Thursday, October 14, 2010

2010 ALCS and NLCS previews

By Rick Morris

New York Yankees vs. Texas
Power: New York Yankees, edge
Speed: Texas, edge
Starting Pitching: Even
Relief Pitching: Texas, slight edge
Key Player for New York Yankees: AJ Burnett -- The one big winter-of-'08 signing who hasn't panned out -- and should have looked pretty risky at the time -- can no longer be avoided in the revised LCS format that took out the faux travel day, so he needs to keep his team in the game somehow.
Key Player for Texas: CJ Wilson -- Based on how he thrived in his first year as a full-time starter, the Rangers now have two hammer lefties and they cannot win the series without fully exploiting New York's vulnerability in that regard.
The easy hook for this series is that it matches baseball's most decorated franchise with arguably its least -- or at least, the last one to advance to an LCS. The Yankees blew through Minnesota in the LDS just as they have previously and just as they did against Texas in three LDS in the late 1990s. Oddly, the Twins were configured slightly differently this time around, with a bit more emphasis on power and less on starting pitching. Same result, though. And this Ranger team is likewise a bit different from their softball-slugging forefathers with a bit less power, a bit more speed and a whole lot more pitching. The fact that it is southpaw-oriented is the main source for hope for good Yankee-haters everywhere. A secondary source of hope lies in the return to form of two Ranger lineup linchpins. The league's most explosive hitter, Josh Hamilton, will be returning to the scene of his greatest national exposure in the 2008 Home Run Derby. Can he round back into form after missing much of September and seeing his team advance past Tampa in spite of his weak performance? And can Ian Kinsler continue his sharp October after suffering through a sub-par regular season? If so, Texas will be in business, because when he's at his best, he's worthy of being in the conversation along with the Yanks' Robinson Cano for best AL second baseman. Speaking of momentum, former Texas first baseman Mark Teixeira recovered from his trademark slow start and has been red-hot through the second half. Ultimately, he's part of a deeper attack and while history has shown that the Yanks can be vulnerable to a faster, hungry young team (i.e. Florida in 2003), postseason experience and the confidence gained from past accomplishments should carry the Yankees into yet another World Series. Yankees in 6.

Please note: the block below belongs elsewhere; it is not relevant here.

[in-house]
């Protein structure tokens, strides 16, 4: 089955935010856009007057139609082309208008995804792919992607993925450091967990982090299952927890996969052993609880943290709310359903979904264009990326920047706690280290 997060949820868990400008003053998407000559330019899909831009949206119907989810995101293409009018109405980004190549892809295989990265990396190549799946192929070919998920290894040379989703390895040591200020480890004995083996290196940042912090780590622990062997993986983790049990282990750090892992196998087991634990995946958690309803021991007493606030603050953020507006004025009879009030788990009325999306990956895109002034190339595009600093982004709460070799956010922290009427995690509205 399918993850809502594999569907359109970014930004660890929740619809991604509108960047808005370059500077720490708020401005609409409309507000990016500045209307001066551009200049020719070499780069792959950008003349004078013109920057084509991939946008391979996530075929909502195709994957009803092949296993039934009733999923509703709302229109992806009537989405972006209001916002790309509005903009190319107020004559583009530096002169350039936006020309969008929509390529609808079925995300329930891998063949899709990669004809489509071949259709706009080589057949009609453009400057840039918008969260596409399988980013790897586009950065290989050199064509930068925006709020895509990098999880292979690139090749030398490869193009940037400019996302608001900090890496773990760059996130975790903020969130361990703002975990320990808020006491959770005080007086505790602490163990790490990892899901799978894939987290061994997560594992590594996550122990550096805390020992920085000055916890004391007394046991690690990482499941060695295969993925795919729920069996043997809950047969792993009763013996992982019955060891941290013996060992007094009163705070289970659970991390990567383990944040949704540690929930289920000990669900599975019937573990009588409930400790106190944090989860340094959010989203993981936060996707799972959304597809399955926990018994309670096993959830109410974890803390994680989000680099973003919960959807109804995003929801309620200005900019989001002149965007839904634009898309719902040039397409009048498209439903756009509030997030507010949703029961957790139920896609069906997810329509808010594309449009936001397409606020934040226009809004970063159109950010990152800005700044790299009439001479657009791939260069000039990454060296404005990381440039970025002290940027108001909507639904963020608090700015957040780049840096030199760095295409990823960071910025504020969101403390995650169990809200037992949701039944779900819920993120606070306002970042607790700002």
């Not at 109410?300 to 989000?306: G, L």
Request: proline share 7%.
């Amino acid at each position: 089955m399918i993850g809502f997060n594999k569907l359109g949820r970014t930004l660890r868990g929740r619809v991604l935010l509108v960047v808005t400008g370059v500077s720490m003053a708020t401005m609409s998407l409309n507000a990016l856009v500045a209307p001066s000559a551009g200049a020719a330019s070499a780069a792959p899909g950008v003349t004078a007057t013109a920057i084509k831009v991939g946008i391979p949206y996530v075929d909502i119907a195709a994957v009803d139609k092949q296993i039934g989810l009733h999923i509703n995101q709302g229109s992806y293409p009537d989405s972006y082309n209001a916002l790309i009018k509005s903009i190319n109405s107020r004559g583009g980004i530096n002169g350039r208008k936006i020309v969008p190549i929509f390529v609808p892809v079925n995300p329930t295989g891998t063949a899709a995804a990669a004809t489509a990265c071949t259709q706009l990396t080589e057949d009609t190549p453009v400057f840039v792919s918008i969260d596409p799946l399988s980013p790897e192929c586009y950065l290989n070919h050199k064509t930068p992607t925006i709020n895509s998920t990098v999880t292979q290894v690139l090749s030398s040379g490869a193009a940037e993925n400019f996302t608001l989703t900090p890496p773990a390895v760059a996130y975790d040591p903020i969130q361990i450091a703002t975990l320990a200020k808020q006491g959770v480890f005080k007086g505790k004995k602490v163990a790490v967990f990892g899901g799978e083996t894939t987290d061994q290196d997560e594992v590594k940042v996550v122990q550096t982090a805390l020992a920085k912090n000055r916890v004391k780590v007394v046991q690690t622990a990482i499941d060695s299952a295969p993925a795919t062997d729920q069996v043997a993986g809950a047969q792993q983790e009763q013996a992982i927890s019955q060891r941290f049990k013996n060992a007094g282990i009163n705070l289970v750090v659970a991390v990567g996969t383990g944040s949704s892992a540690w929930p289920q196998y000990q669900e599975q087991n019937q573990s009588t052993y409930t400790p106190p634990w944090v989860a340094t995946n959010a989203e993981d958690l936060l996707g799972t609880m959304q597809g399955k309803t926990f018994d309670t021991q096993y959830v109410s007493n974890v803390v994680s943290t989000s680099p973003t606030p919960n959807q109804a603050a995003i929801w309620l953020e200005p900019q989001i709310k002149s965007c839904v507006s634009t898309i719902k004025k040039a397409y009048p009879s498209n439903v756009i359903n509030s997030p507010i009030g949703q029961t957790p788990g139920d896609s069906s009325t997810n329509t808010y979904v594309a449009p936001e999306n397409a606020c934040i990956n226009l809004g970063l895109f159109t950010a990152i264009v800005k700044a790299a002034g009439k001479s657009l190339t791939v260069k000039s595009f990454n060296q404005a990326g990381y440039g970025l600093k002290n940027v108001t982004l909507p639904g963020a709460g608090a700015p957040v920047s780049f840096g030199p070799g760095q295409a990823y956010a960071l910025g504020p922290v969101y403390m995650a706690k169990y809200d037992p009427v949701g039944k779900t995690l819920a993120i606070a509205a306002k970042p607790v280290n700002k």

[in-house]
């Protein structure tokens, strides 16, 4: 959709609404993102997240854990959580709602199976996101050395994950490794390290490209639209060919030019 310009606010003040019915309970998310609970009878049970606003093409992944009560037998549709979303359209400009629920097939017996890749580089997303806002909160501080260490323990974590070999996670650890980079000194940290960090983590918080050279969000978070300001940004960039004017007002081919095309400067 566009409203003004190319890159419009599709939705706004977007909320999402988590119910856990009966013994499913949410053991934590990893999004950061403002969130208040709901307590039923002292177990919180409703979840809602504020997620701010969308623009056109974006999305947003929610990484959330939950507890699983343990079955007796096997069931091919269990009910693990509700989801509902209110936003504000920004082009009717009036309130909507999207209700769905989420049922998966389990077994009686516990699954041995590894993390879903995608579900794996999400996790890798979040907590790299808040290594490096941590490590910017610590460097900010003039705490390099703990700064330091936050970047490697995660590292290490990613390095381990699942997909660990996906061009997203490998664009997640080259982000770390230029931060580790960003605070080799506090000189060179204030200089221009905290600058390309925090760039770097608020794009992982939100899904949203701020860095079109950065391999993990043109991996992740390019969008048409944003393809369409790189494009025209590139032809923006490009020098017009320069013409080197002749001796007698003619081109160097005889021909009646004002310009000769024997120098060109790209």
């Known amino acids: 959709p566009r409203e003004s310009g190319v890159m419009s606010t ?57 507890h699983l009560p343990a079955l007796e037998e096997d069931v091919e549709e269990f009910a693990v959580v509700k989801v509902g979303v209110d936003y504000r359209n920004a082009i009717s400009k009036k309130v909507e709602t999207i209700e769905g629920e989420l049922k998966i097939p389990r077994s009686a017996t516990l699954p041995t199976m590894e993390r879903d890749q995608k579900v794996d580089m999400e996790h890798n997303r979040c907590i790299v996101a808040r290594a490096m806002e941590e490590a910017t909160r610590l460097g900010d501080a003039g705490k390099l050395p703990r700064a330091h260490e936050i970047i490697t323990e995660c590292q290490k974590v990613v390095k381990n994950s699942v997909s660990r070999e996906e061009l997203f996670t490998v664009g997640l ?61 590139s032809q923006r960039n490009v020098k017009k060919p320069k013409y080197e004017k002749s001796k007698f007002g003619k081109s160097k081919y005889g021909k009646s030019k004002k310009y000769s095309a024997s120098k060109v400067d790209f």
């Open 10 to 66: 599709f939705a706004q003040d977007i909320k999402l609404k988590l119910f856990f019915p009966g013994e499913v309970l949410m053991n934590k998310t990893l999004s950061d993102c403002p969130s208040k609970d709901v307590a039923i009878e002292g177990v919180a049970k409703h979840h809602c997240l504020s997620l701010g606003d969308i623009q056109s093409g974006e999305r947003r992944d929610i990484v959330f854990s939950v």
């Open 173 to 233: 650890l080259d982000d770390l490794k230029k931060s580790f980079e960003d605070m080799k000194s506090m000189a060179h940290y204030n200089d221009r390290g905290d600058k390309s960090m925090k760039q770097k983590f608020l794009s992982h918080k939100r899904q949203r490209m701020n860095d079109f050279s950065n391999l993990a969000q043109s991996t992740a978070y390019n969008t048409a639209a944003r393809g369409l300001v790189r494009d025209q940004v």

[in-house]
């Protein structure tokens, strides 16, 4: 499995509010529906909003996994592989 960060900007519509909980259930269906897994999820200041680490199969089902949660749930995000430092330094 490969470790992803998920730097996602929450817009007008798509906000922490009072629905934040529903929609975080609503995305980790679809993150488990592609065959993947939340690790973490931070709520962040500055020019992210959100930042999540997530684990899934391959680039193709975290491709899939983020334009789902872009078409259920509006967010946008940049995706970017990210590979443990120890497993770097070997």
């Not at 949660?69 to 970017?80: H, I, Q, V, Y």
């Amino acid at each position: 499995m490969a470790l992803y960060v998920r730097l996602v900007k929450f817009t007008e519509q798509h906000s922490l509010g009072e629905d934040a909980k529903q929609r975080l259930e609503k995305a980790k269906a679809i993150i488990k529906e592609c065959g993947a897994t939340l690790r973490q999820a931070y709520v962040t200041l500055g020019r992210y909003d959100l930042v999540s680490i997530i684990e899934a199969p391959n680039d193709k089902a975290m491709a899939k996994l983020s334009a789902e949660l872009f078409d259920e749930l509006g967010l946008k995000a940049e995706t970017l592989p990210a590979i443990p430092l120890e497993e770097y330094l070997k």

San Francisco vs. Philadelphia
Power: Philadelphia, slight edge
Speed: Philadelphia, edge
Starting Pitching: Even
Relief Pitching: San Francisco, edge
Key Player for San Francisco: Jonathan Sanchez -- Lefties hit only .181 against him in his breakthrough year, potential bad news for the Howard-Utley-Ibanez part of the Philly attack.
Key Player for Philadelphia: Brad Lidge -- Just like how San Fran has "Good Aubrey" and "Bad Aubrey," Philly has one of the great arms -- and great stomach-wreckers -- of this generation and he needs to be the former in a series that should be razor-thin.
It's tough to remember the last time each team through three aces at each other like what we're going to see in this series. The Halladay/Lincecum throwdown in particular is pay-per-view worthy. It will be very interesting to see what materializes in Game Four when super-rook Madison Bumgarner faces off with the man who exemplifies the first syllable of his last name, Joe Blanton. In a close series, the bullpen edge and the Mad Man could prove decisive, but Philly's experience and proven lineup -- which contrasts sharply to the Giants' admittedly impressive job of achieving reclamation in so many spots -- are likely to trump those elements. This clash looks like a lock to go seven, but those kinds of series never do. Phillies in 6.

Phillies over Yankees in 6.

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